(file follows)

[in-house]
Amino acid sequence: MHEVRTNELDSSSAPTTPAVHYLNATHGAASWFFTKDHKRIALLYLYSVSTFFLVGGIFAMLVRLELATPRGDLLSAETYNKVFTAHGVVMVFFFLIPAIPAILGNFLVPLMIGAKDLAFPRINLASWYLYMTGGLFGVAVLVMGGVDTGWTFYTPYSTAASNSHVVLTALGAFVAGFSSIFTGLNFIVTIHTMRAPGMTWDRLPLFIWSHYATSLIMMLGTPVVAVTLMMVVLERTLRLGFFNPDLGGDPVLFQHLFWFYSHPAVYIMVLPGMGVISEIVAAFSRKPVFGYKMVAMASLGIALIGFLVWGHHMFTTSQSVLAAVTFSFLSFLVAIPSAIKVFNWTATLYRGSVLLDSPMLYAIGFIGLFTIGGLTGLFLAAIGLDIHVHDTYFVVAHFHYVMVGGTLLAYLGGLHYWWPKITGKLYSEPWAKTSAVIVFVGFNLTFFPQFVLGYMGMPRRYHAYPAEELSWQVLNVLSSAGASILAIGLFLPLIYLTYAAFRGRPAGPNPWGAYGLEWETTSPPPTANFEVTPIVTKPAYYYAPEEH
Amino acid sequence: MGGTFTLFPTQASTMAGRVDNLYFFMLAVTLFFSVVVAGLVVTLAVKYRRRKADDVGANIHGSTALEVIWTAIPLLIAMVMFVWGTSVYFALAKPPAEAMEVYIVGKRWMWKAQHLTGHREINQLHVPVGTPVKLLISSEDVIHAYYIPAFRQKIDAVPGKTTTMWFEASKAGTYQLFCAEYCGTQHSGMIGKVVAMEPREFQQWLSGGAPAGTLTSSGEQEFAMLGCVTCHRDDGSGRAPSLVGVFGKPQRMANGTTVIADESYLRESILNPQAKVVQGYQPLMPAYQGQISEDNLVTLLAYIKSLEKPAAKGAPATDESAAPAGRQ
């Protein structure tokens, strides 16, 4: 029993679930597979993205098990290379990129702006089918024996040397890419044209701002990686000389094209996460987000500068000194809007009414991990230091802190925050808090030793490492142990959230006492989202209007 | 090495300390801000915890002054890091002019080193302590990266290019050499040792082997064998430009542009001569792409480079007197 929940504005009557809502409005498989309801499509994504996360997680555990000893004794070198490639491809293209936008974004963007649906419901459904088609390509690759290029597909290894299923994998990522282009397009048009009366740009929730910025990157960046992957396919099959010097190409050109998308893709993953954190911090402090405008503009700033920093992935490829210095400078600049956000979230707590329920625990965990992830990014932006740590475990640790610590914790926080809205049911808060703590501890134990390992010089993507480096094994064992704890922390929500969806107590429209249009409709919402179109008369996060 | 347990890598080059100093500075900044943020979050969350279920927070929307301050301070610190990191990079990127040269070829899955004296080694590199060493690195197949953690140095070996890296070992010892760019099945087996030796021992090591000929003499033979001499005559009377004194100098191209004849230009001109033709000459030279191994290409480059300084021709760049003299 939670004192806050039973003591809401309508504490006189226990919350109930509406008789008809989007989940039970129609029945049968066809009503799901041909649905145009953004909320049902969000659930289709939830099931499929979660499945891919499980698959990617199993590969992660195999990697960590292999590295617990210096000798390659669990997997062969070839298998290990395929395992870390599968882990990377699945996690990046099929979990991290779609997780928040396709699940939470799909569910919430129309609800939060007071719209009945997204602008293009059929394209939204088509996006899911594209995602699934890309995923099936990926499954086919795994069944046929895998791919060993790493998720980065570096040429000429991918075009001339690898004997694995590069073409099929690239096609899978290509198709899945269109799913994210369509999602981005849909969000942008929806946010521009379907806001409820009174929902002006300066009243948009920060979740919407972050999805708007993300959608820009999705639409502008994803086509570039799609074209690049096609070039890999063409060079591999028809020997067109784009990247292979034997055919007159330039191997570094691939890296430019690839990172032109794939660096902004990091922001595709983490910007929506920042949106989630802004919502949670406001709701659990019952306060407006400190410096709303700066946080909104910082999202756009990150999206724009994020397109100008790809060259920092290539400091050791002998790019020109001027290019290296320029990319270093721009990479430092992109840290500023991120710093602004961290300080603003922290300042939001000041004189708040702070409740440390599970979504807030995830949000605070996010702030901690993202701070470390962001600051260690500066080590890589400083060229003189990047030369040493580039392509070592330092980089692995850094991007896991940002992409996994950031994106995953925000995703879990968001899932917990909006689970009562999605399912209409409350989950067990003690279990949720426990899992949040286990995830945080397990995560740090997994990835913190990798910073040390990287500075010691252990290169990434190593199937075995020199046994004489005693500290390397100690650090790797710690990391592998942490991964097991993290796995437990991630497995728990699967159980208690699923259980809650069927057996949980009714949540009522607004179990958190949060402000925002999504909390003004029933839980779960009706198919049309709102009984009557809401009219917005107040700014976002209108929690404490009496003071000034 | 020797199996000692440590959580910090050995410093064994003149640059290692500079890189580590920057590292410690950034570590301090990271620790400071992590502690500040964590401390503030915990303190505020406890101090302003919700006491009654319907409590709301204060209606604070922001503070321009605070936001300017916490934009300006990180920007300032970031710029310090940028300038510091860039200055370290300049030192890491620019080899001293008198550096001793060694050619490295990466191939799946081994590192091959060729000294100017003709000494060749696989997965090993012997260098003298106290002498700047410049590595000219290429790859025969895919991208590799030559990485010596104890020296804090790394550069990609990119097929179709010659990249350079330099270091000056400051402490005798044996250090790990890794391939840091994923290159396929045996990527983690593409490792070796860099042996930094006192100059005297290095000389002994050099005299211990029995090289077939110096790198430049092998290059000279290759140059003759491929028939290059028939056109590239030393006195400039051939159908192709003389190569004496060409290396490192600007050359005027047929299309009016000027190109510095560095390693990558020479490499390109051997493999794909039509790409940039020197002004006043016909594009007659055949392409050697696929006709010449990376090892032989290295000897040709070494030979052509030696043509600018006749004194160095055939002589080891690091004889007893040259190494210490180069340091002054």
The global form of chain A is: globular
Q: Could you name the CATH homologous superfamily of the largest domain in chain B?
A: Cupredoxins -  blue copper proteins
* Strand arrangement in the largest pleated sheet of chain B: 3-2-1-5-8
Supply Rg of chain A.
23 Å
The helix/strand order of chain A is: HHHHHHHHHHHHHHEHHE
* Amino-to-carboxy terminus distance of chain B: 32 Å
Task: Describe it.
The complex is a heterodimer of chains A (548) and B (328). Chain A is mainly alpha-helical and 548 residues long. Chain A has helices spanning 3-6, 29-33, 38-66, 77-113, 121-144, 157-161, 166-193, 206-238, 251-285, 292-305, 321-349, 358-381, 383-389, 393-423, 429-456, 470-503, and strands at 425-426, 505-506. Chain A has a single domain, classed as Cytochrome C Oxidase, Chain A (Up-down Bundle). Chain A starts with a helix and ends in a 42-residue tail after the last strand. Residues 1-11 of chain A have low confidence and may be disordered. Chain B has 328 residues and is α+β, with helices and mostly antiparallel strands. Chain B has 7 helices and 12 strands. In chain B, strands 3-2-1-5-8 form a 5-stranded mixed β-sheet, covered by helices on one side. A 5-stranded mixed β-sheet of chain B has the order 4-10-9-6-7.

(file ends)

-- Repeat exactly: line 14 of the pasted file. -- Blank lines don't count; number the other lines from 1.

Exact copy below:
The complex is a heterodimer of chains A (548) and B (328). Chain A is mainly alpha-helical and 548 residues long. Chain A has helices spanning 3-6, 29-33, 38-66, 77-113, 121-144, 157-161, 166-193, 206-238, 251-285, 292-305, 321-349, 358-381, 383-389, 393-423, 429-456, 470-503, and strands at 425-426, 505-506. Chain A has a single domain, classed as Cytochrome C Oxidase, Chain A (Up-down Bundle). Chain A starts with a helix and ends in a 42-residue tail after the last strand. Residues 1-11 of chain A have low confidence and may be disordered. Chain B has 328 residues and is α+β, with helices and mostly antiparallel strands. Chain B has 7 helices and 12 strands. In chain B, strands 3-2-1-5-8 form a 5-stranded mixed β-sheet, covered by helices on one side. A 5-stranded mixed β-sheet of chain B has the order 4-10-9-6-7.